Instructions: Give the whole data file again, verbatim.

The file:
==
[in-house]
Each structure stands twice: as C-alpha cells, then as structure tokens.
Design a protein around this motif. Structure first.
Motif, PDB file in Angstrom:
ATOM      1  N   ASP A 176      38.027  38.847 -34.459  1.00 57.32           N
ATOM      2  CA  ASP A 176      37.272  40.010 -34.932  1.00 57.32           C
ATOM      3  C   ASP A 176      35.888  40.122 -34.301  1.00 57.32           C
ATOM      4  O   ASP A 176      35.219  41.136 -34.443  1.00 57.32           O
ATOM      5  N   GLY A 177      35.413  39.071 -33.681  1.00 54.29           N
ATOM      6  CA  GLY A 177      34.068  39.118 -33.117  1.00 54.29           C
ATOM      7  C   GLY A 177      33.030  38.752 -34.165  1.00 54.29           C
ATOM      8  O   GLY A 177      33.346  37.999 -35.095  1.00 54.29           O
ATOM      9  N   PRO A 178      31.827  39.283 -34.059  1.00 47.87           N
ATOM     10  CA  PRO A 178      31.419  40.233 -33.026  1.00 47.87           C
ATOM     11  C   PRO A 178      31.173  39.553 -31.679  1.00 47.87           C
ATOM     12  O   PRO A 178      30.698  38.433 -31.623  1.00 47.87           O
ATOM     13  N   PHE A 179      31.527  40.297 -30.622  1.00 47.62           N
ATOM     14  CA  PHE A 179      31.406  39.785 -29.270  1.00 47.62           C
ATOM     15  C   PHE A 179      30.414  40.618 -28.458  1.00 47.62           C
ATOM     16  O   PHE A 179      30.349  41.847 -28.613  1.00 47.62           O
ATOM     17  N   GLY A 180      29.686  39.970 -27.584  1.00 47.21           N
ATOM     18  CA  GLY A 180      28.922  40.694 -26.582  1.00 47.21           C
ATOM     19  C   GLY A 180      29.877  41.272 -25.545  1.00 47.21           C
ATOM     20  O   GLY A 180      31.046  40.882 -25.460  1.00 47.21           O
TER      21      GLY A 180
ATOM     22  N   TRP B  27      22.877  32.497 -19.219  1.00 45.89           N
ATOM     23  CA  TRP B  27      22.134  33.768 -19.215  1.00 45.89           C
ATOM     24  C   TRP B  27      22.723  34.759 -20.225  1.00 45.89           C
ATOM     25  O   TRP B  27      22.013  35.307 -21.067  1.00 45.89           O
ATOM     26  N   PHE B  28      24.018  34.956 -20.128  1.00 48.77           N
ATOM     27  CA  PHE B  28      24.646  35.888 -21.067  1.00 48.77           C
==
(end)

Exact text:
[in-house]
Each structure stands twice: as C-alpha cells, then as structure tokens.
Design a protein around this motif. Structure first.
Motif, PDB file in Angstrom:
ATOM      1  N   ASP A 176      38.027  38.847 -34.459  1.00 57.32           N
ATOM      2  CA  ASP A 176      37.272  40.010 -34.932  1.00 57.32           C
ATOM      3  C   ASP A 176      35.888  40.122 -34.301  1.00 57.32           C
ATOM      4  O   ASP A 176      35.219  41.136 -34.443  1.00 57.32           O
ATOM      5  N   GLY A 177      35.413  39.071 -33.681  1.00 54.29           N
ATOM      6  CA  GLY A 177      34.068  39.118 -33.117  1.00 54.29           C
ATOM      7  C   GLY A 177      33.030  38.752 -34.165  1.00 54.29           C
ATOM      8  O   GLY A 177      33.346  37.999 -35.095  1.00 54.29           O
ATOM      9  N   PRO A 178      31.827  39.283 -34.059  1.00 47.87           N
ATOM     10  CA  PRO A 178      31.419  40.233 -33.026  1.00 47.87           C
ATOM     11  C   PRO A 178      31.173  39.553 -31.679  1.00 47.87           C
ATOM     12  O   PRO A 178      30.698  38.433 -31.623  1.00 47.87           O
ATOM     13  N   PHE A 179      31.527  40.297 -30.622  1.00 47.62           N
ATOM     14  CA  PHE A 179      31.406  39.785 -29.270  1.00 47.62           C
ATOM     15  C   PHE A 179      30.414  40.618 -28.458  1.00 47.62           C
ATOM     16  O   PHE A 179      30.349  41.847 -28.613  1.00 47.62           O
ATOM     17  N   GLY A 180      29.686  39.970 -27.584  1.00 47.21           N
ATOM     18  CA  GLY A 180      28.922  40.694 -26.582  1.00 47.21           C
ATOM     19  C   GLY A 180      29.877  41.272 -25.545  1.00 47.21           C
ATOM     20  O   GLY A 180      31.046  40.882 -25.460  1.00 47.21           O
TER      21      GLY A 180
ATOM     22  N   TRP B  27      22.877  32.497 -19.219  1.00 45.89           N
ATOM     23  CA  TRP B  27      22.134  33.768 -19.215  1.00 45.89           C
ATOM     24  C   TRP B  27      22.723  34.759 -20.225  1.00 45.89           C
ATOM     25  O   TRP B  27      22.013  35.307 -21.067  1.00 45.89           O
ATOM     26  N   PHE B  28      24.018  34.956 -20.128  1.00 48.77           N
ATOM     27  CA  PHE B  28      24.646  35.888 -21.067  1.00 48.77           C